Philosopher Moses Maimonides believed that superstition undermines Judaism as a rational belief system. For him, the purpose of mezuzah has nothing to do with protection, but rather, serves as a didactic device that teaches us about the importance of making ethical monotheism a part of our daily lives. There can be no doubt that Maimonides would have considered the Lubavitcher Rebbe’s mitzvah campaign of promoting the mezuzah as well-meaning, but theologically foolish–and perhaps even pagan-esque, since it devalues the purpose ...Learn More Share
Why did the early rabbis of Late Antiquity believe that the sun revolves around the earth?
On the surface, the Sages wanted to uphold the belief that the earth is still the center of God’s universe. However, in all honesty, one cannot blame the ancient rabbis for thinking that way; the majority of them were unacquainted with the science of the Greeks, many of whom (like Aristotle) believed that the earth revolves around the sun. One would be hard pressed to ...Learn More Share
In honor of the new Torah reading cycle, I thought I would explain some thoughts about the parsha as it pertains to the miracle of Creation.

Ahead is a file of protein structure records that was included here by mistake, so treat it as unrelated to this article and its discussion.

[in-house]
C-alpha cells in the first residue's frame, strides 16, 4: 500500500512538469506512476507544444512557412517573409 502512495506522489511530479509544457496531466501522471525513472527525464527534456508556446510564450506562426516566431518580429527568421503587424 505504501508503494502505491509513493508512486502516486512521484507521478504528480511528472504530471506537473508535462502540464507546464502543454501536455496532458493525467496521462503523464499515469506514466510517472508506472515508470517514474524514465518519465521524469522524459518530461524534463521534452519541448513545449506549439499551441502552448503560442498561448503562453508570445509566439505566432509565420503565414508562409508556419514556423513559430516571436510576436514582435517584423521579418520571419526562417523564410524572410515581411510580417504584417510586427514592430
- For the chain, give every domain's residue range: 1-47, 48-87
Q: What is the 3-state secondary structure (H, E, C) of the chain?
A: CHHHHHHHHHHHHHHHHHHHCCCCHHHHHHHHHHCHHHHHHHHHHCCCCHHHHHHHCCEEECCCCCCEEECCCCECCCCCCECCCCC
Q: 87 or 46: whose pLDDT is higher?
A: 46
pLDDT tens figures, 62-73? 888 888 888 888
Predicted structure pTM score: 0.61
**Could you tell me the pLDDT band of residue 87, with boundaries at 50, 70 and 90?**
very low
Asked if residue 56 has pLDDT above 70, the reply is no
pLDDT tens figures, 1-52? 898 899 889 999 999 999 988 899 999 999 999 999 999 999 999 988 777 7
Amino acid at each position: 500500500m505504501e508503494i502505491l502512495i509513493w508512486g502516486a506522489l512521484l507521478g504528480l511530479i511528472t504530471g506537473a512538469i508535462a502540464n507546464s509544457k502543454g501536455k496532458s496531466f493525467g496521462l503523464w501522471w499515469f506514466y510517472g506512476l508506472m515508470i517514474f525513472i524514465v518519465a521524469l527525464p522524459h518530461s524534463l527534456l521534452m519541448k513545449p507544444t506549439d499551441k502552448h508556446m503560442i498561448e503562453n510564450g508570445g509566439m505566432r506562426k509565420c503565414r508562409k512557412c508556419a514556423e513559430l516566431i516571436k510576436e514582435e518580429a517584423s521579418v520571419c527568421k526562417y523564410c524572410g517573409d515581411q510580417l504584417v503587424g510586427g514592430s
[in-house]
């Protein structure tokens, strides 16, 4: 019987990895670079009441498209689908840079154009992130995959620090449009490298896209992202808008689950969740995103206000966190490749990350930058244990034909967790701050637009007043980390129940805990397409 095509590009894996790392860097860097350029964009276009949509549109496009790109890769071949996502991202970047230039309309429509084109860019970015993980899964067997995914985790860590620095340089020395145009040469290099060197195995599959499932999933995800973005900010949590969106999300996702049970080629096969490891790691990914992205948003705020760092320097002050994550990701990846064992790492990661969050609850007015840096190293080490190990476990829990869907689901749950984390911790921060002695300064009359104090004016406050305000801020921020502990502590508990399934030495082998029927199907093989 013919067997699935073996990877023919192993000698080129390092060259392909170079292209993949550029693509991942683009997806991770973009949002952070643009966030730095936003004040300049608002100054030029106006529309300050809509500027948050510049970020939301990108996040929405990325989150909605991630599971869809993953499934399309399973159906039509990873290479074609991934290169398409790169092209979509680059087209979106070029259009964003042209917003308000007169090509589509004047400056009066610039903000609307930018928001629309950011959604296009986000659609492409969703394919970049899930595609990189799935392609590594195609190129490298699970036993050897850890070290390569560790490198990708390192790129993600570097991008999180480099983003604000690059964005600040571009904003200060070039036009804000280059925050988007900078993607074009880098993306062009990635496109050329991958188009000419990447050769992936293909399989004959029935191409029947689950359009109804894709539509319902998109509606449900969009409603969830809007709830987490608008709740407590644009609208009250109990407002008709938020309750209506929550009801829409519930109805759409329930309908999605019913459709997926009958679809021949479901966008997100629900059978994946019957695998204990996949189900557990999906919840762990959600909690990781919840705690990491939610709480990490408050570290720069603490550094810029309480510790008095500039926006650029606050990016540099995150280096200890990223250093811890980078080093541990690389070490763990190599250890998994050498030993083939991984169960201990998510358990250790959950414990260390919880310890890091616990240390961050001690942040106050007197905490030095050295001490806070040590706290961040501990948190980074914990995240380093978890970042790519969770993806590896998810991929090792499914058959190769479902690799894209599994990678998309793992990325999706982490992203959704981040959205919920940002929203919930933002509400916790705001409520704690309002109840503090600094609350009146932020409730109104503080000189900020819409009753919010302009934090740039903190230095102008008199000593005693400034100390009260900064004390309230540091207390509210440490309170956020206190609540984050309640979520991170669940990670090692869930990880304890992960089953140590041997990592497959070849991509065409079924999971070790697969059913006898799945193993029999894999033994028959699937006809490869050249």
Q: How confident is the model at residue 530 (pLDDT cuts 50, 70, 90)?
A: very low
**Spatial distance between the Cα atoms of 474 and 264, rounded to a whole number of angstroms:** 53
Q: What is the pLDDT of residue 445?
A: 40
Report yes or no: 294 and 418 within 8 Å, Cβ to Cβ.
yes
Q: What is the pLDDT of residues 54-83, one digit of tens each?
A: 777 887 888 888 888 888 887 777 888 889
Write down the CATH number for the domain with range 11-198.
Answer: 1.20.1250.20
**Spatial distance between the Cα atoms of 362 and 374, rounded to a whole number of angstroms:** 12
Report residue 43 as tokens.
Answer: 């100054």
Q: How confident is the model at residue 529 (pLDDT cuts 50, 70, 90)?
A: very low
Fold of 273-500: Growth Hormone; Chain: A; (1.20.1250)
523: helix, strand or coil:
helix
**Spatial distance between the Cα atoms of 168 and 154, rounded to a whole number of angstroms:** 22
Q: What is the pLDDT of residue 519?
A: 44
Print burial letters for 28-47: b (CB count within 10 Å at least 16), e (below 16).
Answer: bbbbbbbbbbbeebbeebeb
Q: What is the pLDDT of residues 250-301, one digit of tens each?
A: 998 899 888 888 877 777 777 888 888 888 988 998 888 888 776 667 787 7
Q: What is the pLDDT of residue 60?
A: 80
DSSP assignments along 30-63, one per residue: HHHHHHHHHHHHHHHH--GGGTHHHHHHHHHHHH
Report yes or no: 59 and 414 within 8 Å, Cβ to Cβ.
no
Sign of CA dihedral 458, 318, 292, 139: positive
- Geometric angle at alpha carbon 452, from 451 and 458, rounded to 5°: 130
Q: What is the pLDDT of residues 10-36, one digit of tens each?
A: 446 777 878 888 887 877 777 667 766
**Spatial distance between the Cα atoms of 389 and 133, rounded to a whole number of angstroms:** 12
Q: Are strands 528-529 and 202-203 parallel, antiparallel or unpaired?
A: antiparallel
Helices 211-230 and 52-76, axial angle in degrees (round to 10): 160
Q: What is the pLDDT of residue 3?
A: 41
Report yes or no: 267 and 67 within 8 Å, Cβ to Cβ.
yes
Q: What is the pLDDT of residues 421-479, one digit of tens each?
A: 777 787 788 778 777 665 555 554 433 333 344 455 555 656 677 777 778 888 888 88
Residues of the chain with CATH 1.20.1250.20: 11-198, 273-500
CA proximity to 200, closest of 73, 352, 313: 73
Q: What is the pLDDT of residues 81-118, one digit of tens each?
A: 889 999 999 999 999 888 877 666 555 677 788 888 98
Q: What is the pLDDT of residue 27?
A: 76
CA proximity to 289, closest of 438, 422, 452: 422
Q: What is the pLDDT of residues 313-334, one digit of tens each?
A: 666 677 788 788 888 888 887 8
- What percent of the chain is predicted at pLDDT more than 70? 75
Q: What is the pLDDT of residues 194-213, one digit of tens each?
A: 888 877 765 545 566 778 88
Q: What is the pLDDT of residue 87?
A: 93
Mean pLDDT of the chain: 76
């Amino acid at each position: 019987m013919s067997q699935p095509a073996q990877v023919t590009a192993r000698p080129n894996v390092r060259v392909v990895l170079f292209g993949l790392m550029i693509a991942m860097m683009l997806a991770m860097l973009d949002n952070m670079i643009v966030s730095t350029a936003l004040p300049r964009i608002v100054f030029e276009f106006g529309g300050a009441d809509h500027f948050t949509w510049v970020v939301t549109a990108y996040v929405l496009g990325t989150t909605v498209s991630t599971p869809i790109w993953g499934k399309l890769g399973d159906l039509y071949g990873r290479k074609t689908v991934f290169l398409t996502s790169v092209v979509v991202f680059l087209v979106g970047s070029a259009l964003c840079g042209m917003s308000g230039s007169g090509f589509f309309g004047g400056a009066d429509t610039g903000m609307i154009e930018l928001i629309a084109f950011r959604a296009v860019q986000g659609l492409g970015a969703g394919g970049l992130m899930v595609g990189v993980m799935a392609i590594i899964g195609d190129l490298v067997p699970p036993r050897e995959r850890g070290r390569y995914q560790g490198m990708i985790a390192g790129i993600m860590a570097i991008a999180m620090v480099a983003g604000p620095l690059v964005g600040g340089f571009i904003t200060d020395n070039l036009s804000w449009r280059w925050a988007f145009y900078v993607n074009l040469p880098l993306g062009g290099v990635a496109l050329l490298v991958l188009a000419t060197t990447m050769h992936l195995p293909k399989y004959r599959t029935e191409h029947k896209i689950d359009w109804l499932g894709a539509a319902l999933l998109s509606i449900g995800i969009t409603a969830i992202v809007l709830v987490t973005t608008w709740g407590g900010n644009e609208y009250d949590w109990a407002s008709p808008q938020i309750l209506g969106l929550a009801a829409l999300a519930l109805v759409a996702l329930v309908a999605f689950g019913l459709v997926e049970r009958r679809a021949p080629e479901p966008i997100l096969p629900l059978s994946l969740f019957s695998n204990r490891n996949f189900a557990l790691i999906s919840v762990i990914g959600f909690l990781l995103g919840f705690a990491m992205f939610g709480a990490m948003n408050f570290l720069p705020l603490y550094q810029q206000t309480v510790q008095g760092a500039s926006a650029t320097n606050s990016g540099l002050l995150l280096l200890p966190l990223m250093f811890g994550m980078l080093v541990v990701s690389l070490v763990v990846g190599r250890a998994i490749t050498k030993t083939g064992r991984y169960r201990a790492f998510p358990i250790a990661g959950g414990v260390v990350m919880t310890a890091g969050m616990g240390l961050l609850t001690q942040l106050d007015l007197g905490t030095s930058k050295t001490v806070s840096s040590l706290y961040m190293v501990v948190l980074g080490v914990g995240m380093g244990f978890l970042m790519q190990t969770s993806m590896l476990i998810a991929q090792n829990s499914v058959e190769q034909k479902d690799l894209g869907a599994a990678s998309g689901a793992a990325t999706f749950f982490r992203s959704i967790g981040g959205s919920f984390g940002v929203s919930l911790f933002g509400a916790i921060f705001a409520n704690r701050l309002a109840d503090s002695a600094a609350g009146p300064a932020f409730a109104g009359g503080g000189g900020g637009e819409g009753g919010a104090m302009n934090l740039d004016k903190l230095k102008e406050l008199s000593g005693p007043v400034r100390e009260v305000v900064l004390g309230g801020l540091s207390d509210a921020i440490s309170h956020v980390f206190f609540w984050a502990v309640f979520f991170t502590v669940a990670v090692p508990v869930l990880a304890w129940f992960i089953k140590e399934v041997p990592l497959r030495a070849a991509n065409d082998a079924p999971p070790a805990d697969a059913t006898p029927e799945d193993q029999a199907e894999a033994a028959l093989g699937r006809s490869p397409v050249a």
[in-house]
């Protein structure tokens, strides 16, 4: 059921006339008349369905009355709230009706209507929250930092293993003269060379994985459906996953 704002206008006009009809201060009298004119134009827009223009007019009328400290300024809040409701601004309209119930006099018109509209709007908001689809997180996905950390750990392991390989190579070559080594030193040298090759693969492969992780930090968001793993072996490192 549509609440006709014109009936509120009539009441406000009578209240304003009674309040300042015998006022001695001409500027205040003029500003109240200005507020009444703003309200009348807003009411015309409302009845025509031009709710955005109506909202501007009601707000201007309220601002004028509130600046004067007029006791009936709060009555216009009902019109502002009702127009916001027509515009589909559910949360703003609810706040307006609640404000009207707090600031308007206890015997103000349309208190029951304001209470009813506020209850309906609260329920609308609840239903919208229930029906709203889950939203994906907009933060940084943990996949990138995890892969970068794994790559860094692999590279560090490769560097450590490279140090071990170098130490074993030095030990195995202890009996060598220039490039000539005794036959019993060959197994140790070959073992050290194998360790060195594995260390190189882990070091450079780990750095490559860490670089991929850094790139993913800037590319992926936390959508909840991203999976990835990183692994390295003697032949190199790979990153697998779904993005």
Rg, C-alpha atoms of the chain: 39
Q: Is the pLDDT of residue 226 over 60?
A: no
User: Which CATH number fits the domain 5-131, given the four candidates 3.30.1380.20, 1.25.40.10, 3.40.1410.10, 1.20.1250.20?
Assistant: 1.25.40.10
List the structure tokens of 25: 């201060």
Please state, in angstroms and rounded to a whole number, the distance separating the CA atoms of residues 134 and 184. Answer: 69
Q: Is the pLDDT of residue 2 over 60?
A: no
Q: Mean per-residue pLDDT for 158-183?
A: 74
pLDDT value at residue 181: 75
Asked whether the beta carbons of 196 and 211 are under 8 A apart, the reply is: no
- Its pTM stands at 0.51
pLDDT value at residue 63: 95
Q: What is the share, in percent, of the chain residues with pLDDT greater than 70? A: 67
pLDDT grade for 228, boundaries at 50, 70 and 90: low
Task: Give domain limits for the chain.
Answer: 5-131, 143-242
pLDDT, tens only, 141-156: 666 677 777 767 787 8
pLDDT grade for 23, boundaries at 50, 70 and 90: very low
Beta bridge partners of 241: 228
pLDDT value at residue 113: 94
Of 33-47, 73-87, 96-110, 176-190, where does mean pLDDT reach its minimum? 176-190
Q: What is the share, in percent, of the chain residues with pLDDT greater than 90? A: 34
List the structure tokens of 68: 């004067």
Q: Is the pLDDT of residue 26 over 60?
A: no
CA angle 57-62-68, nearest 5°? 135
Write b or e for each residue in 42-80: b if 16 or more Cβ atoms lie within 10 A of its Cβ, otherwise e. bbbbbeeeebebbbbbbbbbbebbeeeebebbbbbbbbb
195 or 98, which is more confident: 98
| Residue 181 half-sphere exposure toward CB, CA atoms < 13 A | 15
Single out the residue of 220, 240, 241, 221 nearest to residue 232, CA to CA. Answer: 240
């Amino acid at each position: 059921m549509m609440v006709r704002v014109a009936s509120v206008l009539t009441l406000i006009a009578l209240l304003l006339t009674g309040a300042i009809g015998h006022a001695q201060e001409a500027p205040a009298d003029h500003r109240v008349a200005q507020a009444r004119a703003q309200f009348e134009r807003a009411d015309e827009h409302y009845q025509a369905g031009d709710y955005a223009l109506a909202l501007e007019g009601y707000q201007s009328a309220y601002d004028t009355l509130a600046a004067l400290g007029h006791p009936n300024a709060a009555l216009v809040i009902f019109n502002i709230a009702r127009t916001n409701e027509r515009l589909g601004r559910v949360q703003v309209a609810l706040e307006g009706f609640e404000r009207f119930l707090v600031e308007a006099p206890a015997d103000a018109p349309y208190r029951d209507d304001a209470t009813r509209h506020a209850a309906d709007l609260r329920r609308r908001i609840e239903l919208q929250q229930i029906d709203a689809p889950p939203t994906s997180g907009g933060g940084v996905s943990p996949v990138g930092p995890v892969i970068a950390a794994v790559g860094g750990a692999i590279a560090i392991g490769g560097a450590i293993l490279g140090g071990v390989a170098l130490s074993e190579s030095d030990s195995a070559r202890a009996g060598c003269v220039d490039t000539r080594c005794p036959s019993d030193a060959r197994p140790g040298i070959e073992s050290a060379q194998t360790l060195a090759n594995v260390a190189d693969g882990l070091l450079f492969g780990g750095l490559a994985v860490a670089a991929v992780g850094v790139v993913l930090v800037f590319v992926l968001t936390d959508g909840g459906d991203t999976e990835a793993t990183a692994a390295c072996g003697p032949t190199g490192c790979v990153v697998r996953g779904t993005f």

However, Ibn Ezra is less convinced and contends that the linguistic evidence does not support such an interpretation. The verb בָּרָא’ may also mean to fashion something out of already existing materials (e.g., the creation of man, whose body came from the dust of the earth, and whose soul issued forth from God’s breath). Ibn ...Learn More Share
Does a clone have a soul? God creates human who have souls, but when people create people, do they have a soul? Where do they go when they die? If a clone is not considered to possess a soul, would it be permitted to clone a human being for merely its spare parts? Is Cloning permitted according to the Halacha?
A. Some years ago, the Israeli Chief Rabbi Lau offered an opinion on cloning. The Chief Rabbi said that although there ...Learn More Share